No! At best, pumping the tank is only a temporary solution. Under worst conditions, pumping it out could cause the tank to try to float out of the ground and may damage the inlet and outlet pipes. The best solution is to plug all drains in the basement and drastically reduce water use in the house.

What if my septic system has been used to dispose wastewater from my business (either a home-based or small business)?
In addition to raw sewage, small businesses may use their septic system to dispose of wastewater containing chemicals. If your septic system that receives chemicals backs up into a basement or drain field take extra precautions to prevent skin, eye and inhalation contact. The proper clean-up depends of what chemicals are found in the wastewater. Contact your State or EPA for specific clean-up information.

What do I do with my septic system after the flood?
Once floodwaters have receded, there are several things homeowners should remember:

  • Do not drink well water until it is tested. Contact your local health department.
  • Do not use the sewage system until water in the soil absorption field is lower than the water level around the house.
  • Have your septic tank professionally inspected and serviced if you suspect damage. Signs of damage include settling or an inability to accept water. Most septic tanks are not damaged by flooding since they are below ground and completely covered. However, septic tanks and pump chambers can fill with silt and debris and must be professionally cleaned. If the soil absorption field is clogged with silt, a new system may have to be installed.
  • Only trained specialists should clean or repair septic tanks because tanks may contain dangerous gases. Contact your health department for a list of septic system contractors who work in your area.
  • If sewage has backed up into the basement, clean the area and disinfect the floor. Use a chlorine solution of a half cup of chlorine bleach to each gallon of water to disinfect the area thoroughly.
  • Pump the septic system as soon as possible after the flood. Be sure to pump both the tank and lift station. This will remove silt and debris that may have washed into the system. Do not pump the tank during flooded or saturated drain field conditions. At best, pumping the tank is only a temporary solution. Under worst conditions, pumping it out could cause the tank to try to float out of the ground and may damage the inlet and outlet pipes.
  • Do not compact the soil over the soil absorption field by driving or operating equipment in the area. Saturated soil is especially susceptible to compaction, which can reduce the soil absorption field’s ability to treat wastewater and lead to system failure.
  • Examine all electrical connections for damage before restoring electricity.
  • Be sure the septic tank’s manhole cover is secure and that inspection ports have not been blocked or damaged.
  • Check the vegetation over your septic tank and soil absorption field. Repair erosion damage and sod or reseed areas as necessary to provide turf grass cover.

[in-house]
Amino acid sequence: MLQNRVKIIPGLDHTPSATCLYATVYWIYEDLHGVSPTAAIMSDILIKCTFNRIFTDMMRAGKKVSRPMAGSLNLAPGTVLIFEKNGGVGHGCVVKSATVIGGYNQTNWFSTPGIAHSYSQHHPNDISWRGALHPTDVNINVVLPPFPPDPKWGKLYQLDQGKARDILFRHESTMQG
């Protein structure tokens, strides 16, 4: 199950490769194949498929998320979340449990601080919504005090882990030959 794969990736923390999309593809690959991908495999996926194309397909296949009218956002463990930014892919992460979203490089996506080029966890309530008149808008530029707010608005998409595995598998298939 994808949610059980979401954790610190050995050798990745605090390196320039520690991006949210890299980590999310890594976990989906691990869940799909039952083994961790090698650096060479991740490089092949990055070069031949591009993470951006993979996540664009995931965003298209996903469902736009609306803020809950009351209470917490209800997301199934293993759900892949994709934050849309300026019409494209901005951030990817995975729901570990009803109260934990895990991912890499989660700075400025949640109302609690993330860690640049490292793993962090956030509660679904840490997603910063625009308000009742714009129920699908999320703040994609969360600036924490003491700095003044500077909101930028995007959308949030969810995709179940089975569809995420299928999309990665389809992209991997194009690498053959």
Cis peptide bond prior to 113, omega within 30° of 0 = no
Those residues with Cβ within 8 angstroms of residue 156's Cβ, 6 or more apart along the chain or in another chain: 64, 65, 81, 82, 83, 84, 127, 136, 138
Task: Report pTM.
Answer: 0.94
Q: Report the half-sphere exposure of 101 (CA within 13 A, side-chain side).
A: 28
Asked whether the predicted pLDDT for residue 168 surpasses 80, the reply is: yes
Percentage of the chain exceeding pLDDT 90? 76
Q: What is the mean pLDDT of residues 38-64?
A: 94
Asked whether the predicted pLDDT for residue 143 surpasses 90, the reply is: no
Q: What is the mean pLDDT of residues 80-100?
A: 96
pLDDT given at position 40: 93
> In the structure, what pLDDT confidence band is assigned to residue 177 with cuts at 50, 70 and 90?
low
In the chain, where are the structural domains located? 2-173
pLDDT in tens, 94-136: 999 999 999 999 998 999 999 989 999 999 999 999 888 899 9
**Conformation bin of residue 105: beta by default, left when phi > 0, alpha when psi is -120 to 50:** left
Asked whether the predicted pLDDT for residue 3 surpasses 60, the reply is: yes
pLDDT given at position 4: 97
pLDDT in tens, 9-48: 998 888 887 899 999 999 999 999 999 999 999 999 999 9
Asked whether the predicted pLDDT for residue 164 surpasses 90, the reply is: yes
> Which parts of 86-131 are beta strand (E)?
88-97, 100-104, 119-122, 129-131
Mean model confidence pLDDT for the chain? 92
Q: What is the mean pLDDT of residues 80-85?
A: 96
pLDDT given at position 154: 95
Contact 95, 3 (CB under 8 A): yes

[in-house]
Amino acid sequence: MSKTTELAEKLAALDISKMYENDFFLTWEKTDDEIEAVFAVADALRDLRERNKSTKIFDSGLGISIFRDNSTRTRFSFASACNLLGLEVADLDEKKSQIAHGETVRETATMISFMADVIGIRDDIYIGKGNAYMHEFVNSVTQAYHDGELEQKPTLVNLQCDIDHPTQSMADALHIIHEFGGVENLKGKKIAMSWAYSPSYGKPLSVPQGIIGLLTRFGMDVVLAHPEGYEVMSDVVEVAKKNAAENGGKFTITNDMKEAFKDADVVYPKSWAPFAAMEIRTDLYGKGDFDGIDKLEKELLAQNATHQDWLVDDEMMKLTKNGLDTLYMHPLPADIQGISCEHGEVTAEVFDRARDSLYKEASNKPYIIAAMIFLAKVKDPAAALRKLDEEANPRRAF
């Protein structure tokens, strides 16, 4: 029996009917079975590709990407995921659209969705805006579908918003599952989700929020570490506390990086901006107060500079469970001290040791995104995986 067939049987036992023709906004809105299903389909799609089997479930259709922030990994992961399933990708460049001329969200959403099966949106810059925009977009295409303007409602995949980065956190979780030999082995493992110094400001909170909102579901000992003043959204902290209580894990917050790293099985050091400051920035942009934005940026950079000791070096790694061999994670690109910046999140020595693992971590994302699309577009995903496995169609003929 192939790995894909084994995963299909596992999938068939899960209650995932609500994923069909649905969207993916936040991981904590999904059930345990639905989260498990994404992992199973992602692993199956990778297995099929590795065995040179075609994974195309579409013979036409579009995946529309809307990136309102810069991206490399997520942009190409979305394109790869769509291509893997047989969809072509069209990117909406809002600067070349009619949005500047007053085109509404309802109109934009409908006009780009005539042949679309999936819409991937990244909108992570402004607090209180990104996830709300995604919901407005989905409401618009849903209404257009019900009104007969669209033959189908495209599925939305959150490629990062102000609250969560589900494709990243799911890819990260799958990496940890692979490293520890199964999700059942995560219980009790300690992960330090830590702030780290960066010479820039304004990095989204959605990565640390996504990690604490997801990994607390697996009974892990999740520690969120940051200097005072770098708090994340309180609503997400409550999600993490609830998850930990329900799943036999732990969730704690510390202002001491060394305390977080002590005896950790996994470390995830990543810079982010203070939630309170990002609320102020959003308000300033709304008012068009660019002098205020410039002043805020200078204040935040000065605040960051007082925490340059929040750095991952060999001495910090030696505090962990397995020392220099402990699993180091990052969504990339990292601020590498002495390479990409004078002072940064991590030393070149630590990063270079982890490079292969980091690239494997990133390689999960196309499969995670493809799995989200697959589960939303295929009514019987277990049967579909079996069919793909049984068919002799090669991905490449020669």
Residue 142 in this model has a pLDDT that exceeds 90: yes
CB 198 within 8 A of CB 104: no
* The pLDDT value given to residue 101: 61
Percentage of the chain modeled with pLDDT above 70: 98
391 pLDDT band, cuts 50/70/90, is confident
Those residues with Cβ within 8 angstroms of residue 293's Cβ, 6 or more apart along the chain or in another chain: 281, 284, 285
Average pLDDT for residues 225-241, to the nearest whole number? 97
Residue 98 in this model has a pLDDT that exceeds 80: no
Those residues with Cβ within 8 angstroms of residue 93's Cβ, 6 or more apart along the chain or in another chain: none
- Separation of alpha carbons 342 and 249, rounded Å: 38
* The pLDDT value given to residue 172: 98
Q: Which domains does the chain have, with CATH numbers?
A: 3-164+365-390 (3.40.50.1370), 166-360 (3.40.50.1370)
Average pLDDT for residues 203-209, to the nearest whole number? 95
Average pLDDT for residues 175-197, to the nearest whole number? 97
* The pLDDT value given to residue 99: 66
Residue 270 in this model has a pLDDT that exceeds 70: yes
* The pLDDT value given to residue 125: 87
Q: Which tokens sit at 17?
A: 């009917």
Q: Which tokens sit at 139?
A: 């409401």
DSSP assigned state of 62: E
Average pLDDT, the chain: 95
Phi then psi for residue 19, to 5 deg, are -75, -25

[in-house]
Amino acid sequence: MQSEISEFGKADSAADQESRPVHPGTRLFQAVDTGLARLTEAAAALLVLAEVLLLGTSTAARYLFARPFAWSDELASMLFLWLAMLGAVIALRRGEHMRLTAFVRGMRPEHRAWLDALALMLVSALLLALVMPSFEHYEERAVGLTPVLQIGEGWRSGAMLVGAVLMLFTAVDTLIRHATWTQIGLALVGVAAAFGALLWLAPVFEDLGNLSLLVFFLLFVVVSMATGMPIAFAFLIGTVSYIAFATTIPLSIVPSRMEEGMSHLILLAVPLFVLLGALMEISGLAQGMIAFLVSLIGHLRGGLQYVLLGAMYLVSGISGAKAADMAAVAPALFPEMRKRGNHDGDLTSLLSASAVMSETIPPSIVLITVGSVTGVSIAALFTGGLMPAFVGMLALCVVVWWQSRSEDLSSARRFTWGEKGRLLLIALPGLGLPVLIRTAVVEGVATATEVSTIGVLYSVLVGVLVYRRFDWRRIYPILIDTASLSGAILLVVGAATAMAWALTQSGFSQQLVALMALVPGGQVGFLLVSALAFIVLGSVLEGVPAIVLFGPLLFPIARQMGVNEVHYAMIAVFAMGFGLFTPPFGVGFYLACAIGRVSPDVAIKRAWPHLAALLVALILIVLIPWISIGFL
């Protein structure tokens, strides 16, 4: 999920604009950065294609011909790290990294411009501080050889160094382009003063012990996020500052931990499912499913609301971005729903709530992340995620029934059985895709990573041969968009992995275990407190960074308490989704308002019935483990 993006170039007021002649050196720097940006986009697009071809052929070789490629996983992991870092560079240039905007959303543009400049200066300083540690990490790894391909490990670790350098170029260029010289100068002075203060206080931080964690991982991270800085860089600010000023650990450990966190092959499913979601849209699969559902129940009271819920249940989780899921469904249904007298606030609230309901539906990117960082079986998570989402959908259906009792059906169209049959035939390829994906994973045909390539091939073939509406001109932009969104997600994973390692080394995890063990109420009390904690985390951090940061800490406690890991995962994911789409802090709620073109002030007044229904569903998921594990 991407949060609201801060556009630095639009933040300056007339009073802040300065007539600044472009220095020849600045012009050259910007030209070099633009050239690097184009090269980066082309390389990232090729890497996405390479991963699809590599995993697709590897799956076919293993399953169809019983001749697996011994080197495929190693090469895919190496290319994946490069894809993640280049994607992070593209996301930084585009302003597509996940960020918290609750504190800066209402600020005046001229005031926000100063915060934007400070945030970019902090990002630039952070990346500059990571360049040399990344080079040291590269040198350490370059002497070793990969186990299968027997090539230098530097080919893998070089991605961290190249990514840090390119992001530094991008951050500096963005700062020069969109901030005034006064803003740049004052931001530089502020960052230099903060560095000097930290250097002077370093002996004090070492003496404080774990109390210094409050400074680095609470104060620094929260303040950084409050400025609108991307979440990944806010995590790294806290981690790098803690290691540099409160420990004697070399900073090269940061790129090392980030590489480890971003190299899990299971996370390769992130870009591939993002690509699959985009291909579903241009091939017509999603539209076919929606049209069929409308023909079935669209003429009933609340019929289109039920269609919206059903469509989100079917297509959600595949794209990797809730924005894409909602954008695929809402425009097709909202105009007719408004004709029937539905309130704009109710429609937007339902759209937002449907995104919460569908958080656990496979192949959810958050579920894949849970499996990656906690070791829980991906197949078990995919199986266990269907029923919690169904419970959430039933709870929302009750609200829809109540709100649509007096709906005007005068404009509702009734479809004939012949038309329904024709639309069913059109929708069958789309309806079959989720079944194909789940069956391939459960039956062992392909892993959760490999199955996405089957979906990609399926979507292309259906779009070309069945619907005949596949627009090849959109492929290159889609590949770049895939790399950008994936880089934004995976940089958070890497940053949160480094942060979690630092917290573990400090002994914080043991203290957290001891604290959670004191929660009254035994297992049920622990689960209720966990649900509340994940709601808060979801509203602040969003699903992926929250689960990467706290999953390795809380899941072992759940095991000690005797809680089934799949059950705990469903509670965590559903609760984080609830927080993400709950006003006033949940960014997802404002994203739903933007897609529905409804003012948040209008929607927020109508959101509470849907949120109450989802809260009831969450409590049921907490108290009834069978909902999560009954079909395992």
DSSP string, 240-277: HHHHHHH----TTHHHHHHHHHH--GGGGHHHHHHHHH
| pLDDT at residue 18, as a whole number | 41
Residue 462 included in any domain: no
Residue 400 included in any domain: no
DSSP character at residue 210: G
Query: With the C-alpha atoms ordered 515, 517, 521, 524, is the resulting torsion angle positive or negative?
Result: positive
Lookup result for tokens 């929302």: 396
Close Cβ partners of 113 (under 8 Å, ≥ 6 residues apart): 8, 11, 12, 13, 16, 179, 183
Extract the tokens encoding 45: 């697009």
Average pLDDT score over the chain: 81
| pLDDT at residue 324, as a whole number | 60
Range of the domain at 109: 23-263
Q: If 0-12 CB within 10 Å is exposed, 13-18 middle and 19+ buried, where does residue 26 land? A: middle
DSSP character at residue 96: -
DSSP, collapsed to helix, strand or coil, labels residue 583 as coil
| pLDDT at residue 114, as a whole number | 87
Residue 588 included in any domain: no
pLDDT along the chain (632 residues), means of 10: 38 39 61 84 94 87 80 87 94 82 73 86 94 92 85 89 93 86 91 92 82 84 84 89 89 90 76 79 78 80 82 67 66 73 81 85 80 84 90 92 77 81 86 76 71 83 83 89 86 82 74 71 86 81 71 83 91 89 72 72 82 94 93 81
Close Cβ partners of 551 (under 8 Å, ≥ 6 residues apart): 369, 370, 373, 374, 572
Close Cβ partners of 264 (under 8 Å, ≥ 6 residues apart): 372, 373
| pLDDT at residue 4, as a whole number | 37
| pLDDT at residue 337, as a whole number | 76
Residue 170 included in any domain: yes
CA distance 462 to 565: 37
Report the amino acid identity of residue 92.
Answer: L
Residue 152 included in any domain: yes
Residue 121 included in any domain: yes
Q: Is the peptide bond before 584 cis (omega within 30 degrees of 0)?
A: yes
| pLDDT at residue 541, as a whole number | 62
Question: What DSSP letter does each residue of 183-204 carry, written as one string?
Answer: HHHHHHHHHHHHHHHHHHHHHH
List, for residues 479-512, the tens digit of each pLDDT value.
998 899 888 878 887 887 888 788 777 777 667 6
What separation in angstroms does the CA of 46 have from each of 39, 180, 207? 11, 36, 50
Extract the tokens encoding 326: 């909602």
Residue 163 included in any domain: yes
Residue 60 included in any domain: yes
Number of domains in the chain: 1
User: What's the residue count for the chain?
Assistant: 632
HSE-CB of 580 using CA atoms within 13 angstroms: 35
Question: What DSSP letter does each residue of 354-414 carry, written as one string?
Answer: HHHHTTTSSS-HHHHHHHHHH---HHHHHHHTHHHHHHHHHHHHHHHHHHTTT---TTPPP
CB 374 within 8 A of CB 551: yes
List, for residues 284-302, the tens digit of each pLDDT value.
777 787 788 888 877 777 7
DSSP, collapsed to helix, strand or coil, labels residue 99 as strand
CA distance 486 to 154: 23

Remember: Whenever the water table is high, or your sewage system is threatened by flooding there is a risk that sewage will back up into your home. The only way to prevent this backup is to relieve pressure on the system by using it less.

  1. Use common sense. If possible, don’t use the system if the soil is saturated and flooded. The wastewater will not be treated and will become a source of pollution. Conserve water as much as possible while the system restores itself and the water table fails.
  2. Prevent silt from entering septic systems that have pump chambers. When the pump chambers are flooded, silt has a tendency to settle in the chambers and will clog the drain field if it is not removed.
  3. Do not open the septic tank for pumping while the soil is still saturated. Mud and silt may enter the tank and end up in the drain field. Furthermore, pumping out a tank that is in saturated soil may cause it to “pop out” of the ground. (Likewise, recently installed systems may “pop out” of the ground more readily than older systems because the soil has not had enough time to settle and compact.)
  4. Do not dig into the tank or drain field area while the soil is still wet or flooded. Try to avoid any work on or around the disposal field with heavy machinery while the soil is still wet. These activities will ruin the soil conductivity.
  5. Flooding of the septic tank will have lifted the floating crust of fats and grease in the septic tank. Some of this scum may have floated and/or partially plugged the outlet tee. If the septic system backs up into the house check the tank first for outlet blockage. Clean up any floodwater in the house without dumping it into the sink or toilet and allow enough time for the water to recede. Floodwaters from the house that are passed through or pumped through the septic tank will cause higher flows through the system. This may cause solids to transfer from the septic tank to the drain field and will cause clogging.
  6. Locate any electrical or mechanical devices the system may have that could be flooded to avoid contact with them until they are dry and clean.
  7. Aerobic plants, up flow filters, trickling filters, and other media filters have a tendency to clog due to mud and sediment. These systems will need to be washed and raked.